Diplurus

Diplurus was a 3 foot long freshwater coelacanth fish which lived in the northeastern United States during the late Triassic and early Jurassic Periods, approximately 220-190 million years ago. It is divided into three species: D. longicaudatus, D. newarki, and D. uddeni. Fossils of this fish have been found in Connecticut, New Jersey, Pennsylvania, and the Virginia / North Carolina border.

Diplurus shared its environment with other fishes including Semionotus, as well as with the dinosaurs Anchisaurus and possibly Coelophysis and Dilophosaurus. In contrast to the thickened gar-like scales of Semionotus, Diplurus had rather thin scales. Fossilized coprolites which are believed to have come from Diplurus were full of fish remains and indicate that Diplurus was a carnivore.

Diplurus newarki. © Jason R. Abdale (October 30, 2022).

Sources

Schaeffer, Bobb (1952). “The Triassic coelacanth fish Diplurus, with observations of the evolution of Coelacanthini”. Bulletin of the American Museum of Natural History, volume 99, article 2 (April 17, 1952). Pages 25-78.
https://digitallibrary.amnh.org/handle/2246/416?show=full.

LeTourneau, Peter M.; McDonald, Nicholas G.; Olsen, Paul E.; Ku, Timothy C.; Getty, Patrick R. (2015). “Fossils and facies of the Connecticut Valley lowland: Ecosystem structure and sedimentary dynamics along the footwall margin of an active rift”. New England Intercollegiate Geology Conference at Middletown Connecticut (October 2015). Pages 107-151.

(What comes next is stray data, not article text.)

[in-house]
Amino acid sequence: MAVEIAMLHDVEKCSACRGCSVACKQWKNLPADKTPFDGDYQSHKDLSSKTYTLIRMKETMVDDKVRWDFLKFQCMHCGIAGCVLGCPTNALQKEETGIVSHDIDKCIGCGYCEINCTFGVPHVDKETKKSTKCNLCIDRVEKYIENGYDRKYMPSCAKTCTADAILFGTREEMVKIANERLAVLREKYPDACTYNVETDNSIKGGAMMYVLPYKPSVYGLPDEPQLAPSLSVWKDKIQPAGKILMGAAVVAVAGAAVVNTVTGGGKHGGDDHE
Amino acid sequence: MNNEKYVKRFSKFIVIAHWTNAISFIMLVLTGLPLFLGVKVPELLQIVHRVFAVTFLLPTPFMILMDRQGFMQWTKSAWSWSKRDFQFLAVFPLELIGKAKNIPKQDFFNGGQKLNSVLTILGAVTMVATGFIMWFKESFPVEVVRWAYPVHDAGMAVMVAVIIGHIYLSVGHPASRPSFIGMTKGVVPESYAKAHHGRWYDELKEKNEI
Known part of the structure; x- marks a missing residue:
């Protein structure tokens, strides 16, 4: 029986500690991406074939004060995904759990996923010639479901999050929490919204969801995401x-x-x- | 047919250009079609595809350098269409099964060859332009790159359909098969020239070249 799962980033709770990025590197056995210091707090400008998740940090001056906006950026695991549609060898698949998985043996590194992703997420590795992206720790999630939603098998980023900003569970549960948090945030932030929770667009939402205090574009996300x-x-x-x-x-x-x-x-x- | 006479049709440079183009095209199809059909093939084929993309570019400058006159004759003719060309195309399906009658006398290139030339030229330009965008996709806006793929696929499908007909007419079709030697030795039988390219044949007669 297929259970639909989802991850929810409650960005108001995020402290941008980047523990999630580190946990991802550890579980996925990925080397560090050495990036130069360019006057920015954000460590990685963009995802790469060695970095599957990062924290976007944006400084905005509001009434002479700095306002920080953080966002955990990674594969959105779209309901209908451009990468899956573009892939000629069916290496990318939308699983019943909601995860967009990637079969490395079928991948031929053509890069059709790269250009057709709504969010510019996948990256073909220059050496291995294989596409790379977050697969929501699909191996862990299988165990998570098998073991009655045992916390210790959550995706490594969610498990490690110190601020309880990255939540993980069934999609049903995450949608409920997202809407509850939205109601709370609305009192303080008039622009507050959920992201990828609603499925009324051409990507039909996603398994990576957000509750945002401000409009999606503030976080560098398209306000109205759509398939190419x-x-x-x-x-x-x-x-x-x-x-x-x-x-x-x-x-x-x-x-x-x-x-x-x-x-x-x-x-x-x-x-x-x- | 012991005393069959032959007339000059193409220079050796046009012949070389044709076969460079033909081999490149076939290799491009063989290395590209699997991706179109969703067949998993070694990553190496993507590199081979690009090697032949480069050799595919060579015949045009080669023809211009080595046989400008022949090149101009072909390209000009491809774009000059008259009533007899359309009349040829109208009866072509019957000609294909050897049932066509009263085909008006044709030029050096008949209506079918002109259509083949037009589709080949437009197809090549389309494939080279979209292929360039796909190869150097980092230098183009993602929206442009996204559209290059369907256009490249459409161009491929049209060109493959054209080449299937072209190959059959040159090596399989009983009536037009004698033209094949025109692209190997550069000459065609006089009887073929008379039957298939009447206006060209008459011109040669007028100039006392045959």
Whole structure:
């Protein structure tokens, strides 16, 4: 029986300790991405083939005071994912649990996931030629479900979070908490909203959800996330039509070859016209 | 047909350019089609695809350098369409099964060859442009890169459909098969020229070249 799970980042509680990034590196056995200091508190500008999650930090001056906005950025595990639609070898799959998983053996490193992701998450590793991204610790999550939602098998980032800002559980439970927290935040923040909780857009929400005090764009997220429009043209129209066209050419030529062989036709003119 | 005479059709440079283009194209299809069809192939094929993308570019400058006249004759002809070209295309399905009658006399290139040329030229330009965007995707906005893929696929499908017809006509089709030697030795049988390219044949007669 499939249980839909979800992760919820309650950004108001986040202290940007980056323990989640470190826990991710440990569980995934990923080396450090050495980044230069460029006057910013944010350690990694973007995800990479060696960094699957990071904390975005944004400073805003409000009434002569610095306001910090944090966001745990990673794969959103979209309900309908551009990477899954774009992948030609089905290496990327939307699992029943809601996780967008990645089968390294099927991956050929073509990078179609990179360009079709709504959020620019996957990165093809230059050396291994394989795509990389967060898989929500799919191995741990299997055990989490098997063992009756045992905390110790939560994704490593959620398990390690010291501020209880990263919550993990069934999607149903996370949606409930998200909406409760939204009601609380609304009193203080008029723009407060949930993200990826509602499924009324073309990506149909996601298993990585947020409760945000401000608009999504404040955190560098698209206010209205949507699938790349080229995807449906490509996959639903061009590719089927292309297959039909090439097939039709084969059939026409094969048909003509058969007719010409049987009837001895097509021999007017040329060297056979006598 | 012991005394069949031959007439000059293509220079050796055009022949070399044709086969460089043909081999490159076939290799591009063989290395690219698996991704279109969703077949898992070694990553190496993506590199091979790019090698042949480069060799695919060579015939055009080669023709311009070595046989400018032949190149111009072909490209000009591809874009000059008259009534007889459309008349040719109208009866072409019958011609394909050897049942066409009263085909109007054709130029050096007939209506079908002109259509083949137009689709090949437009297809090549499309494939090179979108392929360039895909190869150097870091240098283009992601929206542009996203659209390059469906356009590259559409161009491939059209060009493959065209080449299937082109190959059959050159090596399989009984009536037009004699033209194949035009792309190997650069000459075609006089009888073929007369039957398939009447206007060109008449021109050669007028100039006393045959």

https://www.researchgate.net/publication/309533358_Fossils_and_facies_of_the_Connecticut_Valley_lowland_Ecosystem_structure_and_sedimentary_dynamics_along_the_footwall_margin_of_an_active_rift.

GBIF – Global Biodiversity Information Facility. “Diplurus Newberry, 1878″. https://www.gbif.org/species/8328305. Accessed on July 18, 2022.



Categories: Paleontology, Uncategorized

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1 reply

  1. This is a beautiful reconstruction of Diplurus. I always love learning about new fossil creatures, and I always like to see illustrations of unusual animals like fish. Thank you for sharing this! 🙂

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